It might be expected that the first film in what Hollywood hopes will be a multi-million dollar franchise to replace the Twilight and Harry Potter series would follow the standard blockbuster formula and contain the usual Hollywood cliques: star-crossed lovers meeting amidst a whirlwind of danger and violence, the forces of evil being vanquished by the forces of good, despite the odds, and individual heroes and heroines overshadowing the bigger picture. Thankfully, The Hunger Games largely steers clear of these exhausted themes, and even satirises them. Whilst certain criticism is fair, for instance the inevitable gaps in the film as a result of translating Suzanne Collins’s best-seller onto the screen, or the toning down of violence necessary to achieve the 12A rating, it is clear that The Hunger Games is far more mature than many anticipated. A dystopian film that explores a government’s use of gladiatorial combat to control the population, The Hunger Games has provoked feminist and political debate.
Simply becoming a box-office success despite its female protagonist, The Hunger Games takes the standard action film in a new direction. Similar to Twilight, The Hunger Games is delivered from the first person perspective of a young woman – Katniss Everdeen. However, having been thrown into a gladiatorial area, Katniss emerges as a strong, active, independent and complex character, more interested in staying alive than pursuing love interests and not a swooning flower waiting to be courted by her perfect man. Whilst some critics have argued that her athletic build is unrealistic considering her impoverished upbringing, her proficiency at hunting and archery is crucial in establishing her as a character capable of exhibiting masculine traits rather than passively blending into the background as so many female characters do on screen.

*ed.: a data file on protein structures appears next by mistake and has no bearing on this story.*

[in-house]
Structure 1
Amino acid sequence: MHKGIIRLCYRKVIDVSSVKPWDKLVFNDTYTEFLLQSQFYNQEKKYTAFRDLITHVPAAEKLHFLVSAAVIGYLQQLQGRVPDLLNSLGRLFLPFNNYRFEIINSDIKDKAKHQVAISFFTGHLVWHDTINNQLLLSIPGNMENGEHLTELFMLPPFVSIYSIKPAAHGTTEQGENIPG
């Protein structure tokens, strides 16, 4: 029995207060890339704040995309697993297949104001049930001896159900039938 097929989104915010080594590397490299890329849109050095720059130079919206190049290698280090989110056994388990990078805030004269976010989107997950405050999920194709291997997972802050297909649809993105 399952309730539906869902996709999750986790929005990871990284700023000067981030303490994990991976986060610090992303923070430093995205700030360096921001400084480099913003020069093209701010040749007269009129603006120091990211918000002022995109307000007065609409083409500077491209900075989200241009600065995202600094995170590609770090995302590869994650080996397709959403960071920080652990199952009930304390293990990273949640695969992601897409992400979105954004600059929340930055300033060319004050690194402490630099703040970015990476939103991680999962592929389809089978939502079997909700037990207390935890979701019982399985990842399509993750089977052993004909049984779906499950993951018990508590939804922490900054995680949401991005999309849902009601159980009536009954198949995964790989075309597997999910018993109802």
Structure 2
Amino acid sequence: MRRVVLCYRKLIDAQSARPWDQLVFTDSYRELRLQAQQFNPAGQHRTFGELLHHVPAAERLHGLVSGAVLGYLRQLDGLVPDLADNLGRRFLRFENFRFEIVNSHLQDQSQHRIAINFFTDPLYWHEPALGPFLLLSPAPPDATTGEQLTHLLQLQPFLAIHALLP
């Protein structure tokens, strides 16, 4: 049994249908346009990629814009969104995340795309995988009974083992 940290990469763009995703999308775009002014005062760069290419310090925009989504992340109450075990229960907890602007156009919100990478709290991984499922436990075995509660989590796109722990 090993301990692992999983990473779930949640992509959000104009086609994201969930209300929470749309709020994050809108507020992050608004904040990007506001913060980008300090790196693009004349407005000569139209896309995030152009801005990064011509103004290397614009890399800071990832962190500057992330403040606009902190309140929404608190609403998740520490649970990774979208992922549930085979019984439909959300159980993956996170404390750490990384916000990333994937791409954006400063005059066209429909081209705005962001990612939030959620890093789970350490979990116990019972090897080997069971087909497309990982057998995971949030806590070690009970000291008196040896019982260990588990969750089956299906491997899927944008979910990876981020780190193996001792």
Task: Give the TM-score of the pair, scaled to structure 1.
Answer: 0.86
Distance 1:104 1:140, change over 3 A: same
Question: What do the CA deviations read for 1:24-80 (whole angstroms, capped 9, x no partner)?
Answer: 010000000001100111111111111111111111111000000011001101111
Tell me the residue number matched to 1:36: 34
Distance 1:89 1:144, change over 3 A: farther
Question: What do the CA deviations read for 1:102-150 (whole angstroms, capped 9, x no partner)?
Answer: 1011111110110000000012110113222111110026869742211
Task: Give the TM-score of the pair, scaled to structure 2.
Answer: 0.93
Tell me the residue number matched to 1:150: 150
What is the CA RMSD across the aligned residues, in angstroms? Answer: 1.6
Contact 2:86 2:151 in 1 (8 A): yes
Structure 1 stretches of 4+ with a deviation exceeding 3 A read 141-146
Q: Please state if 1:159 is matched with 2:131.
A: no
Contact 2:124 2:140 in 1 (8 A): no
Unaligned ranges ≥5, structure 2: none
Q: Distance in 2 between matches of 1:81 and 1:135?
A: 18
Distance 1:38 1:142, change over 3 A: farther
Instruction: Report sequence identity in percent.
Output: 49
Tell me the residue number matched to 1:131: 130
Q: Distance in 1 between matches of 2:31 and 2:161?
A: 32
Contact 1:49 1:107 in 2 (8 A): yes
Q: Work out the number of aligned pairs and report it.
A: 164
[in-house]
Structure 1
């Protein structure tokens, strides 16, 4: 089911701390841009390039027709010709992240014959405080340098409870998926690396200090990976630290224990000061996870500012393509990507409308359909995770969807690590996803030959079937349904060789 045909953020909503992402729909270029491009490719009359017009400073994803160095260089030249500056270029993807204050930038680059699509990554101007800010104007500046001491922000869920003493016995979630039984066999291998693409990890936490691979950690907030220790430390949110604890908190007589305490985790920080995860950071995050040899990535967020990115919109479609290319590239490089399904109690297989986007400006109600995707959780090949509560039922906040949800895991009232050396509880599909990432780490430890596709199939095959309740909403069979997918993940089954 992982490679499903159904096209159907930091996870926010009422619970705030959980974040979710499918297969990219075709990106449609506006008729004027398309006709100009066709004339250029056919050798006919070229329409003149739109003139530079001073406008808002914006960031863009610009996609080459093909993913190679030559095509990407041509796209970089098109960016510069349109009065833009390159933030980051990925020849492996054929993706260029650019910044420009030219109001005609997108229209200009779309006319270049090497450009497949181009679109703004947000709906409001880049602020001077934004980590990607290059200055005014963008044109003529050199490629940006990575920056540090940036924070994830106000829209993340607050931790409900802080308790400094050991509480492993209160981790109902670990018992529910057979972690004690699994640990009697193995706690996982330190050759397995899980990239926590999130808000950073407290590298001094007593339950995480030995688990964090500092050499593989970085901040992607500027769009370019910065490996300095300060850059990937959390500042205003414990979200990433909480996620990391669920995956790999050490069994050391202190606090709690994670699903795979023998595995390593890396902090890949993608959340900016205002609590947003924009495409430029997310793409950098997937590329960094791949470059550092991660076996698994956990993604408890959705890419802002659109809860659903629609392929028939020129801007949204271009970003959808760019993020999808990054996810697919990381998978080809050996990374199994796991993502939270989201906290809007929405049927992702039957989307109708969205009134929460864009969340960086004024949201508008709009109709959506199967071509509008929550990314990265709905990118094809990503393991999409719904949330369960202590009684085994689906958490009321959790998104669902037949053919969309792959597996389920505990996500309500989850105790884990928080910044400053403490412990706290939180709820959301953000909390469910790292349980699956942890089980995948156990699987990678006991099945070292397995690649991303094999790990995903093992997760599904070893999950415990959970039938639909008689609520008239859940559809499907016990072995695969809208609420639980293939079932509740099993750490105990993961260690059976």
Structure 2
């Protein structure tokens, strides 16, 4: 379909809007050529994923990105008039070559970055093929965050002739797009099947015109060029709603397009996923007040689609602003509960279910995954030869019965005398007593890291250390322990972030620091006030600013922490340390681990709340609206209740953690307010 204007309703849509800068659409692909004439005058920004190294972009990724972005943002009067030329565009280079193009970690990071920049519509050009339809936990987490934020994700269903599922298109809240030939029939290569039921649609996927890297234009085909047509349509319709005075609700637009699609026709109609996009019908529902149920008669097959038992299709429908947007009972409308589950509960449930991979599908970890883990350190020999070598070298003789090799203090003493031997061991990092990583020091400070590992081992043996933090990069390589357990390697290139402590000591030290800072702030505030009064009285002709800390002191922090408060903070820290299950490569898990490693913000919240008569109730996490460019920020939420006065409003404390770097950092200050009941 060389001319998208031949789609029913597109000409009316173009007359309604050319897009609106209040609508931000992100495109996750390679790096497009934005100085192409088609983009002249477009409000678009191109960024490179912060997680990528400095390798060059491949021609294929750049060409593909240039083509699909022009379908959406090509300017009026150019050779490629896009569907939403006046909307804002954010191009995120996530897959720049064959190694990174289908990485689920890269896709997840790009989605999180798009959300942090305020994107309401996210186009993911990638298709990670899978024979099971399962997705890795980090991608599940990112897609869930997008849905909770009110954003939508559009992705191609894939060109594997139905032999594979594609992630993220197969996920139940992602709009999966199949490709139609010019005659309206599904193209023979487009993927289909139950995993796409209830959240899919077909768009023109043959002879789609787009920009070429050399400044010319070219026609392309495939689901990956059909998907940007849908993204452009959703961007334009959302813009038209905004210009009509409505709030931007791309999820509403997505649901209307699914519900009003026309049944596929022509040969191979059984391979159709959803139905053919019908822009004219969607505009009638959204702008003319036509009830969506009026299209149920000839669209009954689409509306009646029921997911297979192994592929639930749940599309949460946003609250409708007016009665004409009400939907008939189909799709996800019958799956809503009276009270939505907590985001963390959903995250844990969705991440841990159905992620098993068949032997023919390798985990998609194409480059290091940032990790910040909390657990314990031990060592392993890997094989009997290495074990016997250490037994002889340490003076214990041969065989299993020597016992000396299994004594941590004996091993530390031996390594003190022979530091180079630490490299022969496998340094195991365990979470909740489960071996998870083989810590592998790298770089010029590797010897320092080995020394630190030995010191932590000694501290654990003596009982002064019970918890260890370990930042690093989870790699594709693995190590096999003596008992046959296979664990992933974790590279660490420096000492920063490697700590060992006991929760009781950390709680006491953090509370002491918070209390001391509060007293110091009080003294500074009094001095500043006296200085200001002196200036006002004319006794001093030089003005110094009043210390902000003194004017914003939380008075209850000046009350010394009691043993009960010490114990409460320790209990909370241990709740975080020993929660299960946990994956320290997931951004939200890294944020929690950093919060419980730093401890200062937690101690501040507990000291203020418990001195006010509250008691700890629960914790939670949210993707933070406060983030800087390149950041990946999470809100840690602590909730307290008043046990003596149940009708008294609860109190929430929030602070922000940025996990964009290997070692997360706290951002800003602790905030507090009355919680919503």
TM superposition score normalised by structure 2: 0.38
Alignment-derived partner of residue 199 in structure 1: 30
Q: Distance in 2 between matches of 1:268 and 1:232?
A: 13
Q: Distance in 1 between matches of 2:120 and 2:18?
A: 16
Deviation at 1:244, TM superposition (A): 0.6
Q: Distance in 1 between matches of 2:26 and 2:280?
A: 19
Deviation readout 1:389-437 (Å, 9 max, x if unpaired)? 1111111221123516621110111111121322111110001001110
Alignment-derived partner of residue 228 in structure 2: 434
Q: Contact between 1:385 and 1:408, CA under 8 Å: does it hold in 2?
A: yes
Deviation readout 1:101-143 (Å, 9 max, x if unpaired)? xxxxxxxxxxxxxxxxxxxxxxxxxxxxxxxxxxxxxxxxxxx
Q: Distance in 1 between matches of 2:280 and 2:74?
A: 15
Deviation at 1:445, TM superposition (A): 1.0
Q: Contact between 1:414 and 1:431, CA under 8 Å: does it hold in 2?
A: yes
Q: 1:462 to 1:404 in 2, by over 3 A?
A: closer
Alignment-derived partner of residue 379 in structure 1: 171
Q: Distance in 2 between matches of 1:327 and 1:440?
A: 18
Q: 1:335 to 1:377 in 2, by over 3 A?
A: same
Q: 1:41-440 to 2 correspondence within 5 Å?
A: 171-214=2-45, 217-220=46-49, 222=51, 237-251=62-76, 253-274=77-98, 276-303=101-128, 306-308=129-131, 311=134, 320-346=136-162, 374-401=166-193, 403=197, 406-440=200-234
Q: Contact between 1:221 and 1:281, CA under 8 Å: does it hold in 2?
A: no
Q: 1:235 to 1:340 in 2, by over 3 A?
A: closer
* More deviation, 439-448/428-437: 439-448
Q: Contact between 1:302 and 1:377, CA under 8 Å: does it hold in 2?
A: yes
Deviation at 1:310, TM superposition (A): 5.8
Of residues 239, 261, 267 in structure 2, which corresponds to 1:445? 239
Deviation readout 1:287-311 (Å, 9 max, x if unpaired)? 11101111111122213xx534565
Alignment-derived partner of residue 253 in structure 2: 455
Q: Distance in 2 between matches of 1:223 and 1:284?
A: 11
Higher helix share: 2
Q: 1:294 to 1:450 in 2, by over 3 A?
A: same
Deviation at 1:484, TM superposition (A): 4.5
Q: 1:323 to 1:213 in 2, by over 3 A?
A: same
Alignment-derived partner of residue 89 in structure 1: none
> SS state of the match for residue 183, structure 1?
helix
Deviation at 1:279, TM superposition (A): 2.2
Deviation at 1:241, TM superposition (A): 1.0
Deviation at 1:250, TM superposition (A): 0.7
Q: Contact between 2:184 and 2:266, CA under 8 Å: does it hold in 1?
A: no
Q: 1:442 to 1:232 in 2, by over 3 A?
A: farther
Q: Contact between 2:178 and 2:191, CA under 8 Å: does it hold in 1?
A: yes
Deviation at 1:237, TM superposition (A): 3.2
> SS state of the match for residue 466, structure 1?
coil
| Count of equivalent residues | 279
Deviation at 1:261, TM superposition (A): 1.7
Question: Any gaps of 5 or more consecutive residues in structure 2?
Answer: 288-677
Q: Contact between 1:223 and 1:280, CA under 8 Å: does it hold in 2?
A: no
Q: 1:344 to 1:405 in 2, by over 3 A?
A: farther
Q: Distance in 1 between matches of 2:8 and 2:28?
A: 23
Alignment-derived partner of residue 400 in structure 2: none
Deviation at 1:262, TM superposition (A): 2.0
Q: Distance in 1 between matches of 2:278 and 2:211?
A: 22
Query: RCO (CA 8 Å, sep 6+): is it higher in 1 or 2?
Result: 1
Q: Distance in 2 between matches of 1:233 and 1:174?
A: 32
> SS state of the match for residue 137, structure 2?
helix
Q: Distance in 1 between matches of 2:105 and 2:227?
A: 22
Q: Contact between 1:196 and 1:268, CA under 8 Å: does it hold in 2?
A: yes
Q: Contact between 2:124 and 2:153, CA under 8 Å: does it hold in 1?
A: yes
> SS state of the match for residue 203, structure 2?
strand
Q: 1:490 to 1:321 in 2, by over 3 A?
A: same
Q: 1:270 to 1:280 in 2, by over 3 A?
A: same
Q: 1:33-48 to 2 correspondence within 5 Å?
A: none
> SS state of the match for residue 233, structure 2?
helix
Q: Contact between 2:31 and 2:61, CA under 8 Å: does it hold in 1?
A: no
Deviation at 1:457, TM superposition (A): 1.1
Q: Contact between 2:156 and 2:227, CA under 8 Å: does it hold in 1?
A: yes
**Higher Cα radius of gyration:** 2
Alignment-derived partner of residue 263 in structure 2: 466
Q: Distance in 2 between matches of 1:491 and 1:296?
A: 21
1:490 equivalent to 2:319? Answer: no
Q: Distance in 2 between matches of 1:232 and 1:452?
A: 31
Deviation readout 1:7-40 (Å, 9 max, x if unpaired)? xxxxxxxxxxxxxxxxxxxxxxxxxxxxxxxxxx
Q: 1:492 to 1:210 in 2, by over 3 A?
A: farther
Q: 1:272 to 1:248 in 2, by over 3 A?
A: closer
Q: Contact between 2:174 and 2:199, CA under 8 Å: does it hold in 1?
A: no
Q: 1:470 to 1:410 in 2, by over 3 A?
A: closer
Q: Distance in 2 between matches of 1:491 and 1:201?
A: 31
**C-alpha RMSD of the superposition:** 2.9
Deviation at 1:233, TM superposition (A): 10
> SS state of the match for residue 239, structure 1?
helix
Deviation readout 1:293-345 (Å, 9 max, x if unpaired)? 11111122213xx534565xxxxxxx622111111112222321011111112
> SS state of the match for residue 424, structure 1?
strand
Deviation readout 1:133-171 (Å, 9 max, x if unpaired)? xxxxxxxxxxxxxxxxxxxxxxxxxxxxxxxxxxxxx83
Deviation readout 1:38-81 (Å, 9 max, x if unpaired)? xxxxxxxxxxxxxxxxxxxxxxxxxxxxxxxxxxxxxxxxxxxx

One area that bewildering provoked initial criticism from fans is the casting of certain characters, notably Rue, Thresh and Cinna, with African American actors. It seems Rue was a particularly popular character amongst the readership of the book and many fans felt her ethnicity had been altered deliberately in the making of the film for political reasons. This is not true – Rue is explicitly described as having dark skin and black hair in the novel. Since the film is set hundreds of years in the future it depicts a certain level of ethnic mixing which should be praised, not attacked by racist fans whose minds are incapable of imagining a cute, innocent child unless she is white.
Most interesting in The Hunger Games are the metadramatic themes, drawn out through the imbedding of a televised event within the film. It is clear that the film inspires general political distrust, no matter what personal biases you bring to the theatre. Whilst exploring the power of television and the government’s supreme authority over the control of the medium (a particularly contentious topic in today’s world of CCTV and media manipulation) the film also exposes the contradictions that lie between the screen and reality. Katniss and Peeta might present an image of star-crossed lovers to the world in order to please the audience and win favour, in the same way that most Hollywood blockbusters do, but the reality is very different.